In the mid-1600s, magnetism and lodestones (naturally occurring magnets) were mysterious and inexplicable, and some scientist thought they could be used to make perpetual motion machines. Johannes Taisnierus came up with one. It consisted of two tilted ramps, an iron ball, and a lodestone. The lodestone (A) at the top pulled the ball (E) up the straight ramp. When it got close, the ball fell through a hole onto the lower, curved ramp where it rolled down and out a hole (F), back onto the first ramp where it then repeated the process over and over. Many scientists and engineers tried to build a working model, but they never worked. One such person, Bishop John Wilkins, observed that ball would not likely fall through the hole and would instead “ascend to the stone.” But he rationalized that magnetism was a newly studied phenomenon and that, in the future, a perpetual motion machine may be built using magnets.
The Perpetual Pump
An Italian scientist developed a device that was supposed to pump water up from a body of water through a leather pipe (A) and then let the water flow down over a water wheel. The turning wheel was then geared to run the pump (D) and keep the water wheel spinning. Even da Vinci thought this was a good idea, but then scientists of that day understood little about water and hydraulics. Hapless inventors are still trying (and sometimes succeeding) in patenting similar schemes.
Perpetual Motion…Until the Batteries go Dead
In the early 1800s, few people understood batteries. The crude ones of the day, called Volta piles, consisted of alternating layers of metal foil and paper. One Italian physicist who was also something of a craftsman, the Abbot Zamboni, fashioned some piles consisting of 2,000 meticulously cut and mounted layers. The relatively high-voltage devices measured only 12 in. tall. The abbot constructed a machine with two piles and a well-balanced pendulum in between them. The electrostatic charge on the piles’ terminals alternately attracted the pendulum and made it swing back and forth. (A similar mechanism was used in the first electrostatic clocks.)
It’s said that some of these machines had their pendulums moving back and forth for more than 100 years, earning them a short-lived time atop the list of perpetual motion machines. Then the batteries went dead.
The Unbalanced Chain
The weight of the chain on the right side of the upper pulley was longer and therefore heavier than that on the left. The difference in weight was supposed to ensure that the chain “fell” down the right side, turning the pulleys, and being pulled up the left side. The idea really didn’t pass the force-and-torque-analysis test.
Harnessing the Siphon
This device appeared in a 1699 book on pneumatics written (in Latin) by George Sinclair, a professor at Glasgow University. It used an upper bulb with pressure inside less than air pressure to suck water up from a dish and into itself. A siphon (the tube with the bend in in it) took water out of the bulb and sent it back into the dish. It didn’t work, despite the 18 pages Sinclair took to explain how it did work.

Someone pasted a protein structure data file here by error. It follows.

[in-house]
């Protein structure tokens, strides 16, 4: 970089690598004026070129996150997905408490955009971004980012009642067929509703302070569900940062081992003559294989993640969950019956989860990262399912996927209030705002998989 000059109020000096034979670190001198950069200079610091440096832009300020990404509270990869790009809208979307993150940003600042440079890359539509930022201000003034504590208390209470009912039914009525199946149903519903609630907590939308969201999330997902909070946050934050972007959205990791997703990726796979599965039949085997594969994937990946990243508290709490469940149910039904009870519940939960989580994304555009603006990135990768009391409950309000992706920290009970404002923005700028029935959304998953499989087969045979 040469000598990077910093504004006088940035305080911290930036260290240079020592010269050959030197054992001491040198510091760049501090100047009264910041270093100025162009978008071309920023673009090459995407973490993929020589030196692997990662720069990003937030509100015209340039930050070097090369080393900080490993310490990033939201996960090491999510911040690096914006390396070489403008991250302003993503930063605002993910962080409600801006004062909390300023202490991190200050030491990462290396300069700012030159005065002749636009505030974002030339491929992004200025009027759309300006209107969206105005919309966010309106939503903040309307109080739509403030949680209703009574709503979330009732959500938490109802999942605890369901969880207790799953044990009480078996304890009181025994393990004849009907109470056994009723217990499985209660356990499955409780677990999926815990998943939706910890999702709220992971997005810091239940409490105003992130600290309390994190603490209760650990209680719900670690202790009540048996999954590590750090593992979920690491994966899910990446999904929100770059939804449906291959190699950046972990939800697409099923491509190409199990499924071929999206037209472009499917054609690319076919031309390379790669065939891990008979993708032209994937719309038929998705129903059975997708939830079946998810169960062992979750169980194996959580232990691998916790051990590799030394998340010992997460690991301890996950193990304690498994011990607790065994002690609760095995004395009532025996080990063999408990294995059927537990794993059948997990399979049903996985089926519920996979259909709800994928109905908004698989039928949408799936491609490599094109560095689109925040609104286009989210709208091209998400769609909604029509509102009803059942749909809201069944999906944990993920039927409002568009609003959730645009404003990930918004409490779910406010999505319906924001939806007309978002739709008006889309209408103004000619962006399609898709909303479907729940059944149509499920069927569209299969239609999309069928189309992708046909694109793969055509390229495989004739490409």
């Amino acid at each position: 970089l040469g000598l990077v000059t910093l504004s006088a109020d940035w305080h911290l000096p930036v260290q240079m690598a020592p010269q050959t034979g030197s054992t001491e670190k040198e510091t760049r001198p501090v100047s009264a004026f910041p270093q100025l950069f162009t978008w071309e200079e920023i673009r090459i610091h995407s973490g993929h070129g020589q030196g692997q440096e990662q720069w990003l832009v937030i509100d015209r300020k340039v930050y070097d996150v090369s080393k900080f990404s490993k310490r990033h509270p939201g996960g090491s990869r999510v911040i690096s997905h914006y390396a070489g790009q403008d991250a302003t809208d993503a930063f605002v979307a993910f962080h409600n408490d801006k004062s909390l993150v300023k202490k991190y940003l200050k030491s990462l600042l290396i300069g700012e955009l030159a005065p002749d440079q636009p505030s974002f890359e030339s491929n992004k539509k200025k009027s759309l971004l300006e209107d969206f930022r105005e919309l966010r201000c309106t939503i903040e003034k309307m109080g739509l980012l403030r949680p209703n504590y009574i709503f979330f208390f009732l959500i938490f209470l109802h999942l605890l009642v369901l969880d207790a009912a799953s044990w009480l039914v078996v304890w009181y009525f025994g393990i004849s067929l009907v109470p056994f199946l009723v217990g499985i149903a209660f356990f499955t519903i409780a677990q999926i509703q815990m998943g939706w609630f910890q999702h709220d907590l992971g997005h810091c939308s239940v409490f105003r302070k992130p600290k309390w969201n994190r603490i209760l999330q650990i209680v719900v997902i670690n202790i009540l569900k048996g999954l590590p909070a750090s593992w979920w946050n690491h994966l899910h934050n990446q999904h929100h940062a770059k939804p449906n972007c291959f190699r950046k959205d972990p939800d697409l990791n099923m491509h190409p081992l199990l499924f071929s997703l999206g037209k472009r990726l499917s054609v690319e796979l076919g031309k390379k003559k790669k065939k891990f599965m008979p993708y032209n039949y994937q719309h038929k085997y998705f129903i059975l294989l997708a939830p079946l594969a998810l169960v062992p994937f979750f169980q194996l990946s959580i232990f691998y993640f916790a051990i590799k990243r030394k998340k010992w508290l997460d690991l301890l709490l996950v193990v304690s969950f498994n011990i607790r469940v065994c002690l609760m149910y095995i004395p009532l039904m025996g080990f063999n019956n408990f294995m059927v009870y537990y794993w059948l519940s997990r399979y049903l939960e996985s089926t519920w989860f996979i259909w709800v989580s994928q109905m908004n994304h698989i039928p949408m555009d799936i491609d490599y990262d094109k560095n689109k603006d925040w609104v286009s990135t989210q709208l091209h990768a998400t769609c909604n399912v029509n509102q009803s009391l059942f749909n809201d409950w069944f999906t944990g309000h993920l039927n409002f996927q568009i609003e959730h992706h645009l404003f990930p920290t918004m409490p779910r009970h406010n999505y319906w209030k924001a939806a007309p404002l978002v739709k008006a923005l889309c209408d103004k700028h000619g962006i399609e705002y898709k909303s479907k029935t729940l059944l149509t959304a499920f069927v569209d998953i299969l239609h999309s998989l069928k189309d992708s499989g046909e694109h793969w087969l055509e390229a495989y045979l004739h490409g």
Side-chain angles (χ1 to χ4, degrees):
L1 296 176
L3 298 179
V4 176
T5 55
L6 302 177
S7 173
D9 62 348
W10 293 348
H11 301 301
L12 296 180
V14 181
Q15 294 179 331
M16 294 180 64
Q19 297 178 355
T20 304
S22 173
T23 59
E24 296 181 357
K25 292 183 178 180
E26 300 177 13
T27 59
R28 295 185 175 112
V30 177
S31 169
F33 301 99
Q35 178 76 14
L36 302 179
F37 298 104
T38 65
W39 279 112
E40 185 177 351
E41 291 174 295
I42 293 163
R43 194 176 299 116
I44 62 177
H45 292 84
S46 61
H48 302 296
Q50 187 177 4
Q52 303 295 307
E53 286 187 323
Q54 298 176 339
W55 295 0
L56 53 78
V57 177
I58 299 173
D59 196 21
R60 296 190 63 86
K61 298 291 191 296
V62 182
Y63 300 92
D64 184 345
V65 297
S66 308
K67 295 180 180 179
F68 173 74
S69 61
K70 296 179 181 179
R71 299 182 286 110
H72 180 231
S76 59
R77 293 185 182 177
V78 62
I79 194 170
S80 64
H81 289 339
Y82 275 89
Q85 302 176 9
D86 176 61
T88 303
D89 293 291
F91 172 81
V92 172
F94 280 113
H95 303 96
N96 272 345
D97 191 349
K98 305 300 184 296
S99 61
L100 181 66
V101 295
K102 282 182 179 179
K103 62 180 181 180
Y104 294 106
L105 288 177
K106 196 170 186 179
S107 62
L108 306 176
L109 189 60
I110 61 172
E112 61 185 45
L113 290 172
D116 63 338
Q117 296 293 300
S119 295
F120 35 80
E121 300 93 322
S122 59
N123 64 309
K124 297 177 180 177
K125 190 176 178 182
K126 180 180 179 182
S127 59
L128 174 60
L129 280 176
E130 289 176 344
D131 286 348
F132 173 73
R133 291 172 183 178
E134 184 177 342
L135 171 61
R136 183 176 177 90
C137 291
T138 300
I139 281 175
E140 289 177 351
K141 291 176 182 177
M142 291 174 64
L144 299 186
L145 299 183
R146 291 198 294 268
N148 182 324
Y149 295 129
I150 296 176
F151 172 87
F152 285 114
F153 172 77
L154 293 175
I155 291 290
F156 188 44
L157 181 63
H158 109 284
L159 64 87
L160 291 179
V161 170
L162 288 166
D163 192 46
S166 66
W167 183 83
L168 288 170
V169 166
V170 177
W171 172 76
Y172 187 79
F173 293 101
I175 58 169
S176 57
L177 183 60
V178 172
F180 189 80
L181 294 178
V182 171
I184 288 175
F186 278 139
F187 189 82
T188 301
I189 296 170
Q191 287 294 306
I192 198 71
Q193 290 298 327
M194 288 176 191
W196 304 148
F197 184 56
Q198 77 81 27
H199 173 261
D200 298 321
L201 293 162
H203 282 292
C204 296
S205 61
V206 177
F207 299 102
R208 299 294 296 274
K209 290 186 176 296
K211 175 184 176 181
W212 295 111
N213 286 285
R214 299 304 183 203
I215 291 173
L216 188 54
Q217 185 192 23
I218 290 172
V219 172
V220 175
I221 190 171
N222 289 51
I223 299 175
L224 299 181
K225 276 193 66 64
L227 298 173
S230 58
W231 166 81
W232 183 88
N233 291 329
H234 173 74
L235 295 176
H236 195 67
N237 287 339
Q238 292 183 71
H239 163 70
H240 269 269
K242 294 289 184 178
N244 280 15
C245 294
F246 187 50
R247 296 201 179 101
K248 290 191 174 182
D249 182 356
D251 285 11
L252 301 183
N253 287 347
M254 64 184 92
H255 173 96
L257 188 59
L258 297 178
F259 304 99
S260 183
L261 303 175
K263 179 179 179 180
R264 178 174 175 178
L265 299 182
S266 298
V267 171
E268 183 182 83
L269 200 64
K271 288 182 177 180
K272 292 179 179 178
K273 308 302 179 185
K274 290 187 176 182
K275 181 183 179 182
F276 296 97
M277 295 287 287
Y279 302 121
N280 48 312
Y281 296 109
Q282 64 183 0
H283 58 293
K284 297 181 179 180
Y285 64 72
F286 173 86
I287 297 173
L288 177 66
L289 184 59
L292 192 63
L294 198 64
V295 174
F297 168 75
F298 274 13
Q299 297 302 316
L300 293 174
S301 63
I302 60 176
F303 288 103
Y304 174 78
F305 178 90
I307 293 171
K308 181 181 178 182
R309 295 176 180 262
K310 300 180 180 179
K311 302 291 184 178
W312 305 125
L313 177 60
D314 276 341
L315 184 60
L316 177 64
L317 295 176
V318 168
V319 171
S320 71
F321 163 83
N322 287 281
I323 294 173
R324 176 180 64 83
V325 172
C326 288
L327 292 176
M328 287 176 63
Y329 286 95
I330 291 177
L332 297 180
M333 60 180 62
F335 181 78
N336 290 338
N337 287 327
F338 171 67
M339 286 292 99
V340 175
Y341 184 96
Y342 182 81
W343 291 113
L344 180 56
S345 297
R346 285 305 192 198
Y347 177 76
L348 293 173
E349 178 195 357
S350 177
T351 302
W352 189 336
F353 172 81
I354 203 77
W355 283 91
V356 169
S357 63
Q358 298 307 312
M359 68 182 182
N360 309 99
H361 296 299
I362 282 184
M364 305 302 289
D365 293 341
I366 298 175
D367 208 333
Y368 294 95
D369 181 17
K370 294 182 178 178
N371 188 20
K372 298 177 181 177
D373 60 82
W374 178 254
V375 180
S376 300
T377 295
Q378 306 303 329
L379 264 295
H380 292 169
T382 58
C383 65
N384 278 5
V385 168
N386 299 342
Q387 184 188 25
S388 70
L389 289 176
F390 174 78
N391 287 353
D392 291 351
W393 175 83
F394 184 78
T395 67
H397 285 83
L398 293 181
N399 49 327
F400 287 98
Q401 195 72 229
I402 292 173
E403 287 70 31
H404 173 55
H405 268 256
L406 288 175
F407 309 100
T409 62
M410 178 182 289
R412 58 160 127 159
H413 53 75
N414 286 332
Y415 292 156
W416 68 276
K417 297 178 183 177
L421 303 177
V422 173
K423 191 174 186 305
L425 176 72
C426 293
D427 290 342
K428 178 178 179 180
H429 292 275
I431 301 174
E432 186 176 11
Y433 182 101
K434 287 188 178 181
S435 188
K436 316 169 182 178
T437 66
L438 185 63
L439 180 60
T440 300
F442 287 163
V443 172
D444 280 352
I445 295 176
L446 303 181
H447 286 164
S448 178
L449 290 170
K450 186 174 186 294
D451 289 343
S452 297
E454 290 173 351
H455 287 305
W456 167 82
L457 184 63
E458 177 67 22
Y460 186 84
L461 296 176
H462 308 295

Those Unbalanced Wheels, Part 1
Unbalanced wheels with shifting centers of gravity have long been popular with those seeking perpetual motion. They even had a name: Baskara’s Wheel. This one, one of the oldest designs for perpetual motion, relied on evenly spaced vials filled with water, sand, or mercury. The liquid inside would shift as the wheel turned, overbalancing the wheel so that it turned forever clockwise. It didn’t.
Those Unbalanced Wheels, Part 2
Consider this version of the Baskara wheel, which is attributed to Jacob Leupold (1674-1727). However, Leupold knew very well that it wasn't perpetual motion and was, perhaps, having a joke. If you look at the wheel, you can quickly see that if all the arms were extended, the center of gravity would be below the wheel's axle. And, since some of the weights would be flopped over in “operation,” the center of gravity would be lower still, so it would not spin.
Squeezing Power Out of Sponges
In 1827, Sir William Congreve, a politician and inventor of a widely used military rocket, a color printing process, and a new steam engine design (among other things), devised a variant on the classic inclined-plane-and-chain perpetual motion machine. It consisted of three guide rollers and a chain of sponges. Sponges on the left side were heavier because they were soaked with water by capillary effects, thus causing an unbalanced force downward and making the chain move counter-clockwise. The sponges on the right side were pulled up the incline where the black weights could act on them to squeeze out the water, making them lighter and contributing to the unbalanced wheel.
The Tireless Bucket Brigade
This machine was first patented in 1857, and another variant was patented in 1976, indicating a patent examiner was asleep at the wheel. The Patent Office should not have granted a patent to something already patented.
In this device, another version of the unbalanced wheel, but one that works underwater, a chain of small cylinders, each with a piston inside, travelled clockwise around the pulleys. When a bucket went over the top, the piston fell down. This pushed the air out of the upper cylinder and through a hose to the cylinder coming around the bottom. Losing air made the upper cylinder heavier, while pumping air into the lower cylinder made it lighter. So with all the lighter cylinders on the left and the heavier ones on the right, the chain had to turn clockwise about the pulleys, right? Needless to say, it didn’t.